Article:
1st Law of MotionInertiaMotion doesn't change without an outside force.. |

2nd Law of MotionF = maThis explains how much a force will change the motion of an ojbect. |

3rd Law of MotionFor every action...the force will effect the motion of both of the objects |

2nd Law **F = ma**

You may be surprised to learn that Newton wasn't the genius

behind the law of inertia. But Newton himself wrote that he

was able to see so far only because he stood on "the

shoulders of Giants." And see far he did. Although the law of

inertia identified forces as the actions required to stop or

start motion, it didn't quantify those forces. Newton's second

law supplied the missing link by relating force to acceleration.

This is what it said:

behind the law of inertia. But Newton himself wrote that he

was able to see so far only because he stood on "the

shoulders of Giants." And see far he did. Although the law of

inertia identified forces as the actions required to stop or

start motion, it didn't quantify those forces. Newton's second

law supplied the missing link by relating force to acceleration.

This is what it said:

When a force acts on an object, the object accelerates in the direction of the force. If the mass of an object is held constant, increasing force will increase acceleration. If the force on an object remains constant, increasing mass will decrease acceleration. In other words, force and acceleration are directly proportional, while mass and acceleration are inversely proportional. |

Technically, Newton equated force to the differential

change in momentum per unit time. Momentum is a

characteristic of a moving body determined by the product

of the body's mass and velocity. To determine the

differential change in momentum per unit time, Newton

developed a new type of math -- differential calculus. His

original equation looked something like this:

change in momentum per unit time. Momentum is a

characteristic of a moving body determined by the product

of the body's mass and velocity. To determine the

differential change in momentum per unit time, Newton

developed a new type of math -- differential calculus. His

original equation looked something like this:

F = (m)(Δv/Δt) |

where the delta symbols signify change. Because

acceleration is defined as the instantaneous change in

velocity in an instant of time (Δv/Δt), the equation is

often rewritten as:

acceleration is defined as the instantaneous change in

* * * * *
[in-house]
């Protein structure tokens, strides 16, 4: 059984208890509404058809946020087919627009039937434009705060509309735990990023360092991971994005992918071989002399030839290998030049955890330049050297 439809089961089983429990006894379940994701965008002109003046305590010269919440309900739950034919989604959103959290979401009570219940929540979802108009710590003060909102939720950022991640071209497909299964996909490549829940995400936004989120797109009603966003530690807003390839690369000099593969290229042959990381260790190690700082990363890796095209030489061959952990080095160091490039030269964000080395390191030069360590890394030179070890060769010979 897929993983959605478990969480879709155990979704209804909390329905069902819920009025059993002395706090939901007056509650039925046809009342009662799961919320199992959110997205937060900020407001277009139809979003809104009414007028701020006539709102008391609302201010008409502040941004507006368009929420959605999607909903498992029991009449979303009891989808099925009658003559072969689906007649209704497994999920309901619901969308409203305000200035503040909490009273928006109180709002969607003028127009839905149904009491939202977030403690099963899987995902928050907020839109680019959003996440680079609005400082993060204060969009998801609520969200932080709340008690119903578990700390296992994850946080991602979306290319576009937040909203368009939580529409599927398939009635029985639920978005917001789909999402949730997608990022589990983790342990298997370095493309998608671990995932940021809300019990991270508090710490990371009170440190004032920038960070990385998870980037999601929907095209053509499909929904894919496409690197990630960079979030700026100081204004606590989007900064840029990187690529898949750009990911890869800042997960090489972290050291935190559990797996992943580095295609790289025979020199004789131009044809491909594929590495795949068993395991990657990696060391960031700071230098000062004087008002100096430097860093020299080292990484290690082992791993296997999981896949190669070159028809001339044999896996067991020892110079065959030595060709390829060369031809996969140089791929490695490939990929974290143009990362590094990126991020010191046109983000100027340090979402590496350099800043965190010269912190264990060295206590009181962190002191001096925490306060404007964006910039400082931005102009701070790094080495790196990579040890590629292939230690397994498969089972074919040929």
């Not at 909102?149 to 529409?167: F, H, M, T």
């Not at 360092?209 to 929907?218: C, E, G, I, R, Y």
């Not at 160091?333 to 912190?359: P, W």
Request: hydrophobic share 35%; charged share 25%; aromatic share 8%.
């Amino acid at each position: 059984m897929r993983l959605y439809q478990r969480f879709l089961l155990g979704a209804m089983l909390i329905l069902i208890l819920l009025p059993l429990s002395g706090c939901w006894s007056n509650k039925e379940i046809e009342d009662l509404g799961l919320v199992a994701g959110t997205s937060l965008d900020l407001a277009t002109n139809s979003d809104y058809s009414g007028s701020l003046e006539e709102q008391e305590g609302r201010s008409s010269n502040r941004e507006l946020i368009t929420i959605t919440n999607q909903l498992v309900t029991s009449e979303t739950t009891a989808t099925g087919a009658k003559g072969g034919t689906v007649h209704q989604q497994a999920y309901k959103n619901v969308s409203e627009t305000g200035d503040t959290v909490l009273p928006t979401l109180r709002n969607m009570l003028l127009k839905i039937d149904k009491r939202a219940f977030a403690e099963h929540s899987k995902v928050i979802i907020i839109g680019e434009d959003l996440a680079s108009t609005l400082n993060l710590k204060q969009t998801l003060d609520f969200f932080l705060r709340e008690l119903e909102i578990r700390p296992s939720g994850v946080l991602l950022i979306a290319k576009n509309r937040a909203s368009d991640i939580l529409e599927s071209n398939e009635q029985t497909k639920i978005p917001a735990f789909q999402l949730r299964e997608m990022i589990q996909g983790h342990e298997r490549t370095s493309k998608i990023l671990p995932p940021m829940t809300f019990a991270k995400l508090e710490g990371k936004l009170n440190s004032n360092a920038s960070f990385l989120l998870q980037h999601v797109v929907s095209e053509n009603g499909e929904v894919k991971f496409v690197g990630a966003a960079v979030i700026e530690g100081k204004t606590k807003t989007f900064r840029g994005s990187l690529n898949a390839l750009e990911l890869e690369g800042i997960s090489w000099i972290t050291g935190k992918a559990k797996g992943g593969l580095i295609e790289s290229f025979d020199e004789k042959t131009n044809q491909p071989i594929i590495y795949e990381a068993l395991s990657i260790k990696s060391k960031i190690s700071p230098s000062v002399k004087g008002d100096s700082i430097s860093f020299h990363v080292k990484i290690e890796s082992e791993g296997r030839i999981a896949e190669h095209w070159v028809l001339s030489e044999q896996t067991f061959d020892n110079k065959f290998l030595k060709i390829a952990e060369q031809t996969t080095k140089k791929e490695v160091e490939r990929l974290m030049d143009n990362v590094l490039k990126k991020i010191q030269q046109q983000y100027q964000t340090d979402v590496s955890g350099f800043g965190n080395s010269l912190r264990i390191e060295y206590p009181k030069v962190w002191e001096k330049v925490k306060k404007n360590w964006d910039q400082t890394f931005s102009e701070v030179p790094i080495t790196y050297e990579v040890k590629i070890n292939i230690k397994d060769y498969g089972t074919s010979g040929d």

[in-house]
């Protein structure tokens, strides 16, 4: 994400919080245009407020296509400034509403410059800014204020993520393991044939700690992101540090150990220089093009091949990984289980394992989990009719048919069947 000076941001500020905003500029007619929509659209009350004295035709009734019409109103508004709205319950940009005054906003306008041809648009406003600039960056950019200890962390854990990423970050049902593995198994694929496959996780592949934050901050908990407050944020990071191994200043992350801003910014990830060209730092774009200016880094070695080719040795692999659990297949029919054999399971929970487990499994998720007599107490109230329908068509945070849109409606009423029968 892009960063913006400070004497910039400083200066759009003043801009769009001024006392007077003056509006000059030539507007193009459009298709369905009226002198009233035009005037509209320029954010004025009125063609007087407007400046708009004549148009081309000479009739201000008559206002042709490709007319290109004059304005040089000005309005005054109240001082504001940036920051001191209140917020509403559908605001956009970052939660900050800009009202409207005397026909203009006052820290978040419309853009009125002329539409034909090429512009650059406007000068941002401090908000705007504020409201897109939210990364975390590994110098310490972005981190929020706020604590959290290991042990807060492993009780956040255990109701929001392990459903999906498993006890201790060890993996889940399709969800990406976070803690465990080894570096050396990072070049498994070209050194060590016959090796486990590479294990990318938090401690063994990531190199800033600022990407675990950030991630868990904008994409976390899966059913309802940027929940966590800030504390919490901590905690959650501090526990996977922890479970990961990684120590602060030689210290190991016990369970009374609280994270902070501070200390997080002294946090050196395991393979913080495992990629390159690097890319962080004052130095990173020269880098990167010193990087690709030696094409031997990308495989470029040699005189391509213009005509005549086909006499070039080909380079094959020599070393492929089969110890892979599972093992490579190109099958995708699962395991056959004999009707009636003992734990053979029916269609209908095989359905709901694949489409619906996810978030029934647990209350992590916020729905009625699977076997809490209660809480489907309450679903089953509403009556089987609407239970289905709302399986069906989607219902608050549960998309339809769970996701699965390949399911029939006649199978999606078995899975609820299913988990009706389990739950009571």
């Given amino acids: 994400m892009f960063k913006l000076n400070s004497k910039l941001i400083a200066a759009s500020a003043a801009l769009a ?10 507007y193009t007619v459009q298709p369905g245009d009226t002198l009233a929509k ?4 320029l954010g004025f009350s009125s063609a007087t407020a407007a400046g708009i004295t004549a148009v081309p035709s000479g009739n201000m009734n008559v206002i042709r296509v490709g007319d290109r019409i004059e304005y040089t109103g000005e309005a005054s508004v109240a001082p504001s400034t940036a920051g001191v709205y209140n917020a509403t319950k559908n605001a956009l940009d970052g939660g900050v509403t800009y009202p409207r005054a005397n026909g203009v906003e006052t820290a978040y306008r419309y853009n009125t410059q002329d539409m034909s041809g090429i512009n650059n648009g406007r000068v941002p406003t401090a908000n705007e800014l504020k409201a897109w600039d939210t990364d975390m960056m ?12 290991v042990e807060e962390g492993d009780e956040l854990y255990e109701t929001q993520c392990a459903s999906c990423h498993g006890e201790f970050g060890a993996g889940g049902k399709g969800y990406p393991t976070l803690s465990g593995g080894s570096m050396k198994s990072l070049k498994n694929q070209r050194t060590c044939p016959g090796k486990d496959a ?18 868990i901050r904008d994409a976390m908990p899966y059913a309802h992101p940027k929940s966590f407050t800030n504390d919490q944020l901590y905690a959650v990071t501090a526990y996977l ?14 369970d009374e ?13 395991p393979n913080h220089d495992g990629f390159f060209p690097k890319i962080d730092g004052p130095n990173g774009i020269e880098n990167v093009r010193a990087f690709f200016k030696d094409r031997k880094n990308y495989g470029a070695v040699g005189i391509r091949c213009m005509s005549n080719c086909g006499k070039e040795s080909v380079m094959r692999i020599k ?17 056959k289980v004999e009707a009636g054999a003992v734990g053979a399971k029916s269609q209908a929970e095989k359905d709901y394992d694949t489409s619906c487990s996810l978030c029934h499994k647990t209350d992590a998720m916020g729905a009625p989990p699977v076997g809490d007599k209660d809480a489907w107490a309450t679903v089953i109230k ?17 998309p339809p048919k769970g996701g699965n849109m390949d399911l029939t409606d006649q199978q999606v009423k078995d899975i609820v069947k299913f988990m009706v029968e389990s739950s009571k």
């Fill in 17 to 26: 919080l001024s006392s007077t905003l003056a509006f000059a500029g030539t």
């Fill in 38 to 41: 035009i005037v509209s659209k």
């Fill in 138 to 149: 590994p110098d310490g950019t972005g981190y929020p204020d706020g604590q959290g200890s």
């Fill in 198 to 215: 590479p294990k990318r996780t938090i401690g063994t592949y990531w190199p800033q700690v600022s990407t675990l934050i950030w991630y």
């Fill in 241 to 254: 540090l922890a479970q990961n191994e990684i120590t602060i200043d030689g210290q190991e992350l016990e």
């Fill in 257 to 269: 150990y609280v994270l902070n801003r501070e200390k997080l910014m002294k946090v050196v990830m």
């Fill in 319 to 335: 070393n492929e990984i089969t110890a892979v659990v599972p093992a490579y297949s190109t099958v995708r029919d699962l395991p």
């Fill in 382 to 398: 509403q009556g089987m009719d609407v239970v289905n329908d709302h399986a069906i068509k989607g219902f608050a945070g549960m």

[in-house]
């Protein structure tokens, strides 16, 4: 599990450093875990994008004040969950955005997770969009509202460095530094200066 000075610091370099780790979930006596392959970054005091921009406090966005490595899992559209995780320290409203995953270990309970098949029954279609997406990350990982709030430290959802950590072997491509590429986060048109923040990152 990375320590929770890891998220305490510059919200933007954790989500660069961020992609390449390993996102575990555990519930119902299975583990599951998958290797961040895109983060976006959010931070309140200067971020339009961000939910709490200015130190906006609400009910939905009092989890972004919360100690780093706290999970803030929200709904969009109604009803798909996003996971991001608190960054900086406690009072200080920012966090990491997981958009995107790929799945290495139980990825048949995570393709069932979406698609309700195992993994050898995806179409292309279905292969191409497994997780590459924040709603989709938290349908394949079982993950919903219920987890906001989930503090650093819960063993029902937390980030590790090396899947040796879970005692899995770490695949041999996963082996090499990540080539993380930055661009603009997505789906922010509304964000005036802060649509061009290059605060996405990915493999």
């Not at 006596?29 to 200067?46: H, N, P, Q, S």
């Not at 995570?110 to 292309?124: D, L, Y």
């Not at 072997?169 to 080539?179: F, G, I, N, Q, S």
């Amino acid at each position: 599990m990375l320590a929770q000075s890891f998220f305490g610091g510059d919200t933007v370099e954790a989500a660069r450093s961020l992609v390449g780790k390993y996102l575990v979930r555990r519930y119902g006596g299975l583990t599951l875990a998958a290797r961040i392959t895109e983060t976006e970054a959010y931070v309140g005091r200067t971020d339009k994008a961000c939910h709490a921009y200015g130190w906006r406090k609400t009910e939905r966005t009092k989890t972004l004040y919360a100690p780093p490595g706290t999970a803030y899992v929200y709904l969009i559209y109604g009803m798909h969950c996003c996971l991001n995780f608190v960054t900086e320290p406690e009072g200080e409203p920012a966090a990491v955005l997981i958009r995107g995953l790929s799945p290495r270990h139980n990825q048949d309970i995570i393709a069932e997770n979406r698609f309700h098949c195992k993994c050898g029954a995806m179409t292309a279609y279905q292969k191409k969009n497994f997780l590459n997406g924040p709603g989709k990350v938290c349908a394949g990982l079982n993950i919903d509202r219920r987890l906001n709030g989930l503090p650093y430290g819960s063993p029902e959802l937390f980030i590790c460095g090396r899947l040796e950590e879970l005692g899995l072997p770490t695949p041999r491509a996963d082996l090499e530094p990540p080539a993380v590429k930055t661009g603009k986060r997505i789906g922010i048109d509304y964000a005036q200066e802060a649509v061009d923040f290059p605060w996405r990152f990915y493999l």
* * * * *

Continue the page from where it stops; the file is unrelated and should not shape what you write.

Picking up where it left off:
velocity in an instant of time (Δv/Δt), the equation is

often rewritten as:

F = ma |

The equation form of Newton's second law allows us to

specify a unit of measurement for force. Because the

standard unit of mass is the kilogram (kg) and the

standard unit of acceleration is meters per second

squared (m/s2), the unit for force must be a product of the

two -- (kg)(m/s2). This is a little awkward, so scientists

decided to use a Newton as the official unit of force. One

Newton, or N, is equivalent to 1 kilogram-meter per

second squared. There are 4.448 N in 1 pound.

So what can you do with Newton's second law? As it turns

out, F = ma lets you quantify motion of every variety. Let's

say, for example, you want to calculate the acceleration of

the dog sled shown below.

specify a unit of measurement for force. Because the

standard unit of mass is the kilogram (kg) and the

standard unit of acceleration is meters per second

squared (m/s2), the unit for force must be a product of the

two -- (kg)(m/s2). This is a little awkward, so scientists

decided to use a Newton as the official unit of force. One

Newton, or N, is equivalent to 1 kilogram-meter per

second squared. There are 4.448 N in 1 pound.

So what can you do with Newton's second law? As it turns

out, F = ma lets you quantify motion of every variety. Let's

say, for example, you want to calculate the acceleration of

the dog sled shown below.

If you want to calculate the acceleration, first you need to modify the force equation to get a = F/m. When you plug in the numbers for force (100 N) and mass (50 kg), you find that the acceleration is 2 m/s2. |

Now let's say that the mass of the sled stays at 50 kg

and that another dog is added to the team. If we assume

the second dog pulls with the same force as the first (100

N), the total force would be 200 N and the acceleration

would be 4 m/s2.

and that another dog is added to the team. If we assume

the second dog pulls with the same force as the first (100

N), the total force would be 200 N and the acceleration

would be 4 m/s2.

Notice that doubling the force by adding another dog doubles the acceleration. Oppositely, doubling the mass to 100 kg would halve the acceleration to 2 m/s2. |

Finally, let's imagine that a second dog team is attached to

the sled so that it can pull in the opposite direction.

the sled so that it can pull in the opposite direction.

If two dogs are on each side, then the total force pulling to the left (200 N) balances the total force pulling to the right (200 N). That means the net force on the sled is zero, so the sled doesn’t move. |

This is important because Newton's second law is concerned

with net forces. We could rewrite the law to say: When a net

force acts on an object, the object accelerates in the direction

of the net force. Now imagine that one of the dogs on the left

breaks free and runs away. Suddenly, the force pulling to the

right is larger than the force pulling to the left, so the sled

accelerates to the right.

with net forces. We could rewrite the law to say: When a net

force acts on an object, the object accelerates in the direction

of the net force. Now imagine that one of the dogs on the left

breaks free and runs away. Suddenly, the force pulling to the

right is larger than the force pulling to the left, so the sled

accelerates to the right.